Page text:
Section 44 is an important provision relating to trespass on lands in pursuit of wildlife. While the essential concern is for game species, the section is so drafted as to make trespass in pursuit of any wild bird or wild animal an offence, thereby tying up any possible loophole. The section is really a further measure—augmenting section 28—to combat poaching.

Particular attention is drawn to subsection (2) which lists the categories of persons who may challenge a trespasser and also to subsection (4) and (7) which deal with prosecutions. In the latter context, I should point out (a) that this is the only instance under the Bill where the bringing of a prosecution will not be subject to the constraints of section 70 on the prosecution of offence under the Act and (b) that, in any proceedings for an offence under section 44 the onus of proof that the was on land with lawful authority will rest with the defendant.

I now come to Part III of the Bill. The commercial exploitation of wildlife resources—both in relation to game and non-game species— would, if left uncontrolled, quickly tend to frustrate many of the positive conservation proposals enshrined in the Bill. Such exploitation also has international connotations in terms of imports and exports for which suitable guidelines must be laid down. Part III of the Bill deals with this whole sector—in so far as wildlife coming within the ambit of the Bill is concerned.

Sections 45 to 50 provide a system of control over the business of wildlife dealing. This activity involves the purchase, possession and sale of protected wild birds, and their eggs, and protected wild animals including, of course, game species in both categories. The Game Preservation Act, 1930, contained certain statutory controls in relation to game species, but more comprehensive measures are now required to conform with the broader provisions of the Bill. However, the basic control elements of a licensing system and obligation to keep records are being retained.

Section 45 provides that only a licensed wildlife dealer shall sell, keep for sale, purchase or have in his possession specimens, live or dead, of protected wild fauna—including their flesh or eggs. Subsection (3) contains certain exceptions, for example, the sale to a licensed dealer of game species lawfully killed during an open season. Past experience also points to a need to control the purchase of game by hotels and other catering establishments, and there are special provisions accordingly in subsections (4) and (5).

Section 46 empowers the Minister to prohibit or suitably control the purchase and sale of any protected species for specified periods where this is desirable in the interests of overall conservation of the species in question. The section would also enable the Minister to control the various aspects of the business of wildlife dealing by means of comprehensive regulations.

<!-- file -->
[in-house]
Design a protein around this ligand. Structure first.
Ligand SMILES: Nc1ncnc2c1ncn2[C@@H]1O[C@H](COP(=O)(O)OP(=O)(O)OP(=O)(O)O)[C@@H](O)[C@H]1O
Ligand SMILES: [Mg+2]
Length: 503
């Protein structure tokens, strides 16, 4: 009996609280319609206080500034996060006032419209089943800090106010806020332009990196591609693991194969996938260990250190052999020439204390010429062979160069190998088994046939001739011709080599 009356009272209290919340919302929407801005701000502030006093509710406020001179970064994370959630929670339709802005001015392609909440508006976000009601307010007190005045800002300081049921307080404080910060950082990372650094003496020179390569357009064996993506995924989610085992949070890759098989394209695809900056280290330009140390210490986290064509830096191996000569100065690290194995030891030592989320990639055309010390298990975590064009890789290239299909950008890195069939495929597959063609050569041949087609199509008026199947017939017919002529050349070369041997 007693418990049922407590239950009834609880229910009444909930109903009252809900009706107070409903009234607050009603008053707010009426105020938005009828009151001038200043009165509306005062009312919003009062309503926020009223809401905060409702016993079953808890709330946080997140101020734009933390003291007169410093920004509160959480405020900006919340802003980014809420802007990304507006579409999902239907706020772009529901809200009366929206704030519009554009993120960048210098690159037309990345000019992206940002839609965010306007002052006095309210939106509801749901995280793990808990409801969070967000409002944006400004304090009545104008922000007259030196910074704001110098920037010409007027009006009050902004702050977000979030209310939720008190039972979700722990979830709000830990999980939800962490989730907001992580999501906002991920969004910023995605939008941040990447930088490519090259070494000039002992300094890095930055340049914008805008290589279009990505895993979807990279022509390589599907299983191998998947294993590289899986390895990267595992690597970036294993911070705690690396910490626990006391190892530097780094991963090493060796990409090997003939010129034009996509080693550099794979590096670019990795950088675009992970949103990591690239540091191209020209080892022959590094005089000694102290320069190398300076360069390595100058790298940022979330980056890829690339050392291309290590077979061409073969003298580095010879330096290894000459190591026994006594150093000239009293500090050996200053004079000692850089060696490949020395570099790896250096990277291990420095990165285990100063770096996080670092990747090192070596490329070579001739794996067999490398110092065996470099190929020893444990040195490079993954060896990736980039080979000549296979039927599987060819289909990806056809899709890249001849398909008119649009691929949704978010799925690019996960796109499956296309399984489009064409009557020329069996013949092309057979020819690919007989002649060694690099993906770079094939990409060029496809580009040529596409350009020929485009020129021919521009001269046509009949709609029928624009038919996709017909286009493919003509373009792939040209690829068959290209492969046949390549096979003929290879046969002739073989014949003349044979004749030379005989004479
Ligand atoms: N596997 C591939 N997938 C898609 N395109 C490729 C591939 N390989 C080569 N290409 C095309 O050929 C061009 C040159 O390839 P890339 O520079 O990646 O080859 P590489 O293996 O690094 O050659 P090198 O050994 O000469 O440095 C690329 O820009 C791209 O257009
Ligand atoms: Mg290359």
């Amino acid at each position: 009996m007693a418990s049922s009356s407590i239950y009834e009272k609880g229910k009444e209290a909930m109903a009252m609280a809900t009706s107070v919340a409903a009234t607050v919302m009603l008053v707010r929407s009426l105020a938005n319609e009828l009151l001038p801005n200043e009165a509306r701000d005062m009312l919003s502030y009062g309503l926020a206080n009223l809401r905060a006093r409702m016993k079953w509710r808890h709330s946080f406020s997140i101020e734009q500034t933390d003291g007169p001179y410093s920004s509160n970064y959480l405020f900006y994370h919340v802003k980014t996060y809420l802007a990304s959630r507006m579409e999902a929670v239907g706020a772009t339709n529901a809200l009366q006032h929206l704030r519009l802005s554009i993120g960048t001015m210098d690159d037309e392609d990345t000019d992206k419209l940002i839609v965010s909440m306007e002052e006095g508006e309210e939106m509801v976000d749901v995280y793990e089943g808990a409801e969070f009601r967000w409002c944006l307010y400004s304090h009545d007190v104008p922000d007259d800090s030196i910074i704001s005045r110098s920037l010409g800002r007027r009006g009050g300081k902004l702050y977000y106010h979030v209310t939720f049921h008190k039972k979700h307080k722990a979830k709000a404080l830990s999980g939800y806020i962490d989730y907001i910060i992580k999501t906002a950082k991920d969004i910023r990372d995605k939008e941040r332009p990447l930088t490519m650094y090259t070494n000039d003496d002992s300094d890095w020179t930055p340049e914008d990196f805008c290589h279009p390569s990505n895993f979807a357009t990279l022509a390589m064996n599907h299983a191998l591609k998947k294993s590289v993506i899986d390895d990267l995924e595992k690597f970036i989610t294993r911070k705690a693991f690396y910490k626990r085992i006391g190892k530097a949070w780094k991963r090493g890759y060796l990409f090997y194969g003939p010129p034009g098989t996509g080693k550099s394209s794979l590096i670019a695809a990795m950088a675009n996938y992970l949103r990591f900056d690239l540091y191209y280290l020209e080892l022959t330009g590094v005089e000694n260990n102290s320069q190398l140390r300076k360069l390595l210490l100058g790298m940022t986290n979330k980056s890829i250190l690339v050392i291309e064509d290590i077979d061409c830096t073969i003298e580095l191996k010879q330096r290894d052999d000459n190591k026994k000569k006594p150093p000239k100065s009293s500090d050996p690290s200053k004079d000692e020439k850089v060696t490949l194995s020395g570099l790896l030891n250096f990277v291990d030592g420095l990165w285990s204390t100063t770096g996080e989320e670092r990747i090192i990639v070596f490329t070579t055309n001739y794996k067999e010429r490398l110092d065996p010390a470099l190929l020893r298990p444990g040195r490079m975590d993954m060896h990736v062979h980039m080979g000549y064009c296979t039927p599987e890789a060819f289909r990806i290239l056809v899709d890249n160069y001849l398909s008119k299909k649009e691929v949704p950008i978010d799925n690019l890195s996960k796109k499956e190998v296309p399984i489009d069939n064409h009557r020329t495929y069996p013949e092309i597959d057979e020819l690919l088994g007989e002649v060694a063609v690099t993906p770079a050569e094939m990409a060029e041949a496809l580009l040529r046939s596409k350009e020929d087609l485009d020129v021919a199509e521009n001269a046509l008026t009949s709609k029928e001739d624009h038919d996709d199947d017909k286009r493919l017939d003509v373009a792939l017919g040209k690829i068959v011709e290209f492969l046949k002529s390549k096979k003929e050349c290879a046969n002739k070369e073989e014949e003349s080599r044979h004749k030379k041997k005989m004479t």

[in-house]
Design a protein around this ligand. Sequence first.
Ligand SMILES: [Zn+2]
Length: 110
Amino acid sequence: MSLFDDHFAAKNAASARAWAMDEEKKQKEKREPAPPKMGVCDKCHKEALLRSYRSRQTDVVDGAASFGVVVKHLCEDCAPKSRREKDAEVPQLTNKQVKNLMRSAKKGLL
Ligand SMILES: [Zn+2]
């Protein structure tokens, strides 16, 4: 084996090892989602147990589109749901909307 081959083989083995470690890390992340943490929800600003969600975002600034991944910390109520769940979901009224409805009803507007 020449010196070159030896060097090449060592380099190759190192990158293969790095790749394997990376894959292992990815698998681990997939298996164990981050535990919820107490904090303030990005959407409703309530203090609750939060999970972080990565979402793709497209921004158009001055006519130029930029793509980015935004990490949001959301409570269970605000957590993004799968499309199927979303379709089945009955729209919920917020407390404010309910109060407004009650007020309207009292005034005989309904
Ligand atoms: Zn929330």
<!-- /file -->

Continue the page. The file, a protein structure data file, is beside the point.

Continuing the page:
Section 47 is the statutory basis for the licensing of wildlife dealers with provisions, in subsection (2), for a transitional period after the Bill comes into operation. The procedure for the granting and renewal of wildlife dealers' licences is set out in section 48. The intention is that the Minister will issue or renew a licence on foot of a certificate of suitability granted by the district court. Section 49 deals with revocation of licences on conviction of licence holders of certain offences under the Bill and section 50 empowers the Minister to publish lists of licence holders or of persons whose licences have been revoked.

Section 51 imposes an obligation on persons who transport protected wild fauna to indicate clearly on the container (a) their names and addresses and (b) the contents. There is a saver in subsection (4) to cover the transport of game species lawfully taken during an open season.

Regulations to control the import and export of fauna and flora are foreshadowed in sections 52 and 53 respectively. The import controls— which are not confined to species protected under the Bill—are necessary (a) to preserve the characteristics of native species, (b) to prevent the entry of pest species into this country and (c) to facilitate compliance with the Washington Convention on International Trade in Endangered Species of Wild Fauna and Flora. Ireland has already signed this Convention subject to ratification following the enactment of the Bill.

The export controls—section 53— reflect similar existing restrictions on certain game bird exports, with appropriate modification and enlargement to cater for the much broader range of protected species—including flora —envisaged under the Bill. In regard to both imports and exports, the necessary regulations will be made only after consultation with the Minister for Agriculture and Fisheries, and there are provisions for the granting of licences to meet genuine needs. The final section in Part III, namely section 54, simply sets out the obligation which attaches to persons engaged in the kind of imports and exports which I have just dealt with to comply with any relevant requirements of the Customs Act.

Part IV of the Bill, in addition to providing for a revised land acquisition procedure, is concerned mainly with the unification and rationalisation of certain services within my Department dealing with forestry, wildlife conservation and allied matters. It also contains a number of important provisions affecting inland waters and the territorial seas. The long delays which arise from title clearance in the sales of land to my Department for forestry purposes have, over the years, been a persistent source of criticism and complaint.